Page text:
Q: What would you tell students if they want to play sports at the highschool level?

A: “I’m a big preacher of being a student first. We always emphasize the need to excel in the classroom, which provides the foundation allowing us to excel on the football field. For me, playing football is an honor and a privilege, and it is a representation of our town. So, if we don’t prioritize our school responsibilities, we can’t expect to perform well on the field. One of the key values for me is how we treat others. It includes how you treat your teammates, people in the community, and how we conduct ourselves in the classroom. Those are all big things that I hold in high regard. I want players in my program who possess high character, a strong work ethic, a deep commitment to academics, and who fully embrace the culture we aim to foster.”

 

Q: What is the most rewarding experience you have been a part of?

A: “There was a player who started as a freshman for us, which has never happened before. His name was Tim Hayes. He was a great student, football player, and young man of high character. He worked so hard in the classroom, the weight room and during training. Unfortunately, in his junior year, he tore his ACL in the third practice of the year. He was ready to have a remarkable season, having received offers to play Division I football, but it all came to a sudden halt. To see someone invest that much in football, only to have it seemingly end right there, at least temporarily, was truly disheartening.

However, Tim didn’t let this setback stop him. He continued showing up at practice every day, training, and mentoring his teammates. He missed his senior year as well, due to the injury occurring during that season. Then, his determination to play on Thanksgiving became a focal point. Even when the doctors kept telling me behind the scenes that [playing on Thanksgiving] might not happen. He kept working and eventually received medical clearance to play on Thanksgiving at home. In that game, he took around 30 snaps and absolutely killed it. He tallied eight tackles, rushed for 50 yards, and scored a touchdown. The crowd erupted in celebration when he scored that touchdown, and it was an incredibly emotional moment when he came to the sideline, having fulfilled his dream of playing on Thanksgiving.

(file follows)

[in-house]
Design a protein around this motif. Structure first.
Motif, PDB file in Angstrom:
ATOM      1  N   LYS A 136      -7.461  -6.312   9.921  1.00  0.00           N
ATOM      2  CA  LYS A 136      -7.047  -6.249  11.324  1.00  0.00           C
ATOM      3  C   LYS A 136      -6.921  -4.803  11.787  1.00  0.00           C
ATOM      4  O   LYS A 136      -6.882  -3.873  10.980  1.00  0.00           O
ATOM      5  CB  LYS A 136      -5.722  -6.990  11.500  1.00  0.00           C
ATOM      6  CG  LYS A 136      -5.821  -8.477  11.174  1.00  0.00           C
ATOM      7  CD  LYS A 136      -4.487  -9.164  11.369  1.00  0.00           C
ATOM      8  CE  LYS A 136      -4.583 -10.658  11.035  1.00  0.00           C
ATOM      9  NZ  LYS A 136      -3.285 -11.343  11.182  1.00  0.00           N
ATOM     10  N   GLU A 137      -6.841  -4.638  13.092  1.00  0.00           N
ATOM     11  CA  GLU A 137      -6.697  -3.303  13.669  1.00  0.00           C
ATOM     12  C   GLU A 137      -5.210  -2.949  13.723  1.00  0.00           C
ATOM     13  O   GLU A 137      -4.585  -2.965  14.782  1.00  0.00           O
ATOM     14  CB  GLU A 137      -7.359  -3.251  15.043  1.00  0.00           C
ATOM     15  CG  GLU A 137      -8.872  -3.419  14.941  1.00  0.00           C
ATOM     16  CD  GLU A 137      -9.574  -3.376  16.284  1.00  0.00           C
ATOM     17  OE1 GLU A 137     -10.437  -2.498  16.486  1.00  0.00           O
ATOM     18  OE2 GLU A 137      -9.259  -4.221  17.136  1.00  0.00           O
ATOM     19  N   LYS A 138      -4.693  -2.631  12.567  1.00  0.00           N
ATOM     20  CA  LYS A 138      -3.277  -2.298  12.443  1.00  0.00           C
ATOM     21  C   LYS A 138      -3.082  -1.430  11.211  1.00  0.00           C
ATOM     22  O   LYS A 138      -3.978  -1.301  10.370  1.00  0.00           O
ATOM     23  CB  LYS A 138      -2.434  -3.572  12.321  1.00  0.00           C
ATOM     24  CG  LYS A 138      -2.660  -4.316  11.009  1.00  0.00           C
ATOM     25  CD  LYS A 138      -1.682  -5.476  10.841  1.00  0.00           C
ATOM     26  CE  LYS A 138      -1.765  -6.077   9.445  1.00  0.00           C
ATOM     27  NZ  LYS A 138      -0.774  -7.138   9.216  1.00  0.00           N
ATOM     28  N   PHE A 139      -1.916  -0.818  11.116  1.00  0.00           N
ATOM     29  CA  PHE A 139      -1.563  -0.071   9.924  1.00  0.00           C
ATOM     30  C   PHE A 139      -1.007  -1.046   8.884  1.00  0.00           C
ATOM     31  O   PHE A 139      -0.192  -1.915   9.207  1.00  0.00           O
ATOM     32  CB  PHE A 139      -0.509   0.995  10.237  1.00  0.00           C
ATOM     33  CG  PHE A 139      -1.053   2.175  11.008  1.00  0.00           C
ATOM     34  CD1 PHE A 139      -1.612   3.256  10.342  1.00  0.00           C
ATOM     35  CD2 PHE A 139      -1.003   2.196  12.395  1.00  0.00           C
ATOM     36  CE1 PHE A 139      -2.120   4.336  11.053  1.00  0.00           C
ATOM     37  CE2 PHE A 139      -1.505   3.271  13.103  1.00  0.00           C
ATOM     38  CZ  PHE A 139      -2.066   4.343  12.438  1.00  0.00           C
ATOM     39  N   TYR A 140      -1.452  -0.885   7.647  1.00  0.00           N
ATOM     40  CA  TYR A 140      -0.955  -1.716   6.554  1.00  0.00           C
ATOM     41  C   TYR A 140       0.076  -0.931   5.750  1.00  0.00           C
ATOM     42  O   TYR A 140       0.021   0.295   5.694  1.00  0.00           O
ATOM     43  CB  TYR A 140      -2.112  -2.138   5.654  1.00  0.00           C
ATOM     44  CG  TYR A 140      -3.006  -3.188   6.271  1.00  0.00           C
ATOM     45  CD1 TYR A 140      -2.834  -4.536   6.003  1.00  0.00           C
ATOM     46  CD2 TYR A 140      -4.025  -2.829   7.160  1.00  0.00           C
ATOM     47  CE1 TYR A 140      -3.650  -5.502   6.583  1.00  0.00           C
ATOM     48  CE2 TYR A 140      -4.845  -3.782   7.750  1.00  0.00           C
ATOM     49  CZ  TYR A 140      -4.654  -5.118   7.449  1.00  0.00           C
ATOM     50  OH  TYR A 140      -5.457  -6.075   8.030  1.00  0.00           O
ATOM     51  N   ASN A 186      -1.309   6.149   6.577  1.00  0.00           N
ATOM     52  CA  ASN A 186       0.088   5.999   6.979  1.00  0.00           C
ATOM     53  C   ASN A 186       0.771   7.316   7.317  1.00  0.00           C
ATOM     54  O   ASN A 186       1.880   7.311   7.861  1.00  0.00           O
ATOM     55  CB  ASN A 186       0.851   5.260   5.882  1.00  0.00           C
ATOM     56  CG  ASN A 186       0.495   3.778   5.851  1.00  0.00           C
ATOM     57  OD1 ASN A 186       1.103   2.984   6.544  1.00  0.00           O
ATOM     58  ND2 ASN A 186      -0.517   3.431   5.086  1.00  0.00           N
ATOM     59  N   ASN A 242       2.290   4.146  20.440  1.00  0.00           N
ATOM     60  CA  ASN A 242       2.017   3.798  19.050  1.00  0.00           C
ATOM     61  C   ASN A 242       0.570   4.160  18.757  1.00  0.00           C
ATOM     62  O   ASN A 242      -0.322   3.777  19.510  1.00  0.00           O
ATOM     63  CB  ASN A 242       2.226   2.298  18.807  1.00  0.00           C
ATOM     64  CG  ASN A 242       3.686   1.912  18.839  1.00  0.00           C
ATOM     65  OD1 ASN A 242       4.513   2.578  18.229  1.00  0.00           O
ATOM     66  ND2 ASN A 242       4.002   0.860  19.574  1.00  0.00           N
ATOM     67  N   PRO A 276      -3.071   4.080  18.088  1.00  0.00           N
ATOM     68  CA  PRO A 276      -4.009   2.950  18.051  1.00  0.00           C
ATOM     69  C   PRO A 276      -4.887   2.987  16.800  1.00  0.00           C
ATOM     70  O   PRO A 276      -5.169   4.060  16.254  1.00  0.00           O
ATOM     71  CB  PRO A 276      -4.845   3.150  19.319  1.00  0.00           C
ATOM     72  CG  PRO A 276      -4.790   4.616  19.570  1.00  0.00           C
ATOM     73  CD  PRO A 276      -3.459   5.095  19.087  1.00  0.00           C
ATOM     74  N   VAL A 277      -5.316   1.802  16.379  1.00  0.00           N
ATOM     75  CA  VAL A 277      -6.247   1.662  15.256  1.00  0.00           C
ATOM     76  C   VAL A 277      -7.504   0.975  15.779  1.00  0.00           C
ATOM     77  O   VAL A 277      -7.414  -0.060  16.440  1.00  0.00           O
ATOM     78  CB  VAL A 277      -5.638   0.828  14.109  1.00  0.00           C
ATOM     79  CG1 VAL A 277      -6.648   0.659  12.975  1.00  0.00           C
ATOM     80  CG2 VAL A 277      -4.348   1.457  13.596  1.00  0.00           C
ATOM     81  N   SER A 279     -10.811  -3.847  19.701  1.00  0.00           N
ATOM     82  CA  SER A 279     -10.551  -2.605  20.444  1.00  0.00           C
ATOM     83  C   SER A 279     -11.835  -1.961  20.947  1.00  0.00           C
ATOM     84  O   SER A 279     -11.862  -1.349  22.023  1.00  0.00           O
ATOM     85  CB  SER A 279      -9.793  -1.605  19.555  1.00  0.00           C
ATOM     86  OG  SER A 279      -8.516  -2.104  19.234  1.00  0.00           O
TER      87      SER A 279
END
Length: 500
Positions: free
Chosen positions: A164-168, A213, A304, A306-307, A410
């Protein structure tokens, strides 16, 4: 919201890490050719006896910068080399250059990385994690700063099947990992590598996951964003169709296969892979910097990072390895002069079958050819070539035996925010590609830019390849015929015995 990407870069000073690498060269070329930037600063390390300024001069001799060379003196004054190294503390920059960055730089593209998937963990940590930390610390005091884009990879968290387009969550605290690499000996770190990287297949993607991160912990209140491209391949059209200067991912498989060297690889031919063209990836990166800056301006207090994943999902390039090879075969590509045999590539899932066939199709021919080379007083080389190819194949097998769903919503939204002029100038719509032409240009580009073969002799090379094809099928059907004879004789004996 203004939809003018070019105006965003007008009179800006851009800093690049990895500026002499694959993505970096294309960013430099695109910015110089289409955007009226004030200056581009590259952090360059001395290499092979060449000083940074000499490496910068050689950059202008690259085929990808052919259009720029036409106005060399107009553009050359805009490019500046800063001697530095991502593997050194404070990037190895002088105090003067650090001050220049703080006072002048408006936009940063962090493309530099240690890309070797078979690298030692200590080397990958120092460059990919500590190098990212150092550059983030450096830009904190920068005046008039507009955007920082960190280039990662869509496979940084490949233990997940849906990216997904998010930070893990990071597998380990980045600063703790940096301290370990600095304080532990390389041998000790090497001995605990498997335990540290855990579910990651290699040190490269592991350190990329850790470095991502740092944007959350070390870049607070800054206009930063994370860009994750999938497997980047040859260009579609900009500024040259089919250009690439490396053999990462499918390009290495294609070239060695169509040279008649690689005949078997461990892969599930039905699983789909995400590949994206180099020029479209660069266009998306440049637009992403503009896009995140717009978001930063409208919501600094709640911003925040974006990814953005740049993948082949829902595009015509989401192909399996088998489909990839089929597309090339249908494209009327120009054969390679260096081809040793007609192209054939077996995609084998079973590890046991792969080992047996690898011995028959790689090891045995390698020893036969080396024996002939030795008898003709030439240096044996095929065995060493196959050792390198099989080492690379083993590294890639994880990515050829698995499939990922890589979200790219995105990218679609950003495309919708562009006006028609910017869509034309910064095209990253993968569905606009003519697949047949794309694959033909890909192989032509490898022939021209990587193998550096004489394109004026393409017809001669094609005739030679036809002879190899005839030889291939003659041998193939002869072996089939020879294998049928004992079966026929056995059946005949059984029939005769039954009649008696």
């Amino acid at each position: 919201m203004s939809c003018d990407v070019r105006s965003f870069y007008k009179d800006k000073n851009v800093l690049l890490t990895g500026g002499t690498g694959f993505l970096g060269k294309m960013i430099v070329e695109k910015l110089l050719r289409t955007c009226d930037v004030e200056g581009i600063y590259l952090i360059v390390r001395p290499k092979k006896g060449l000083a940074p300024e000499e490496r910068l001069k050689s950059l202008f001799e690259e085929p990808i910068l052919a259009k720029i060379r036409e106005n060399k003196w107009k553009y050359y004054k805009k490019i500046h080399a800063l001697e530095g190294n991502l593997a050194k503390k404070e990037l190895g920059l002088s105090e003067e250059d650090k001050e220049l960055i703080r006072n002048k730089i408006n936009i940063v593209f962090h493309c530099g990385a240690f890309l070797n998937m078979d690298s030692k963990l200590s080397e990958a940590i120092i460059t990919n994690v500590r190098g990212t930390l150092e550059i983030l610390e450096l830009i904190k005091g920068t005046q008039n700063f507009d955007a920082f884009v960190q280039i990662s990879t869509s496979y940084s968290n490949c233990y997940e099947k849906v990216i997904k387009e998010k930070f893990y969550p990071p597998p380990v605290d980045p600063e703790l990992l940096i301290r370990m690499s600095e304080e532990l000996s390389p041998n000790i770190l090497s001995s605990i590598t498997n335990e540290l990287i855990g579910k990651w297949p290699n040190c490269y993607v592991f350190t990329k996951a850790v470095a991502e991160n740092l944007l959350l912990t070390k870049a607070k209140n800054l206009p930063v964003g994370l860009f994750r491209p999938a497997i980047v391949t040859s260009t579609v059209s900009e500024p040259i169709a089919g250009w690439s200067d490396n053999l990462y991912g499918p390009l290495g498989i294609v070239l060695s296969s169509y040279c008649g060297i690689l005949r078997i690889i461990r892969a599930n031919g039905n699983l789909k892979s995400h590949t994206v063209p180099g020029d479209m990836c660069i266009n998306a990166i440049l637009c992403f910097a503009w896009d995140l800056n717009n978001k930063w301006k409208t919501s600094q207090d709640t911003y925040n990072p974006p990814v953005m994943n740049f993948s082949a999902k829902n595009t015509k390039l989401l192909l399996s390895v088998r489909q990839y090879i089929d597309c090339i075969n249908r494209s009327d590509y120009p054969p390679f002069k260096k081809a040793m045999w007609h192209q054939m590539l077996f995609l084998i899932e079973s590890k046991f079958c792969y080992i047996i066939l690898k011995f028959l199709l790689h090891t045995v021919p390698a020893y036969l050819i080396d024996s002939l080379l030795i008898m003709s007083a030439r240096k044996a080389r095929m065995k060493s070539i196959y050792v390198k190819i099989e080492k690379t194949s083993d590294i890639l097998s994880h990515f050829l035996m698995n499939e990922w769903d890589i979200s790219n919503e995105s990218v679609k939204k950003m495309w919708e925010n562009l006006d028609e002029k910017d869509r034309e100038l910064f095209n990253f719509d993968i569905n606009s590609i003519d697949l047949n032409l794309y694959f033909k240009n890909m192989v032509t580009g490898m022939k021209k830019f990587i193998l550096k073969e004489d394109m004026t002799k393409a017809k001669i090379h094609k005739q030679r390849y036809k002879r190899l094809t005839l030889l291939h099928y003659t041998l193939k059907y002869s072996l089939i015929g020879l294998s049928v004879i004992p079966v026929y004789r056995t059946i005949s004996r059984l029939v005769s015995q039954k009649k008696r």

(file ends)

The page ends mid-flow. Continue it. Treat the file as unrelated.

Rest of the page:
I think Tim’s work ethic in the classroom and on the field is representative of our program as a whole. Even better was that summer. Tim reached back to all the schools that had previously offered him [a spot], but hadn’t shown much interest after his injury. Then, I received a phone call from Boston College [who] said, “We really like his film. What do you think of him?” I shared a very similar story about his determination and character. Now, he’s a sophomore playing linebacker at BC, and it’s a super rewarding outcome.”

_________

A huge thank you again to Coach Josh Reed for providing The Voice with such thoughtful responses and for his continued dedication to helping our students be the best they can be!  

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Dylan Yang, Writer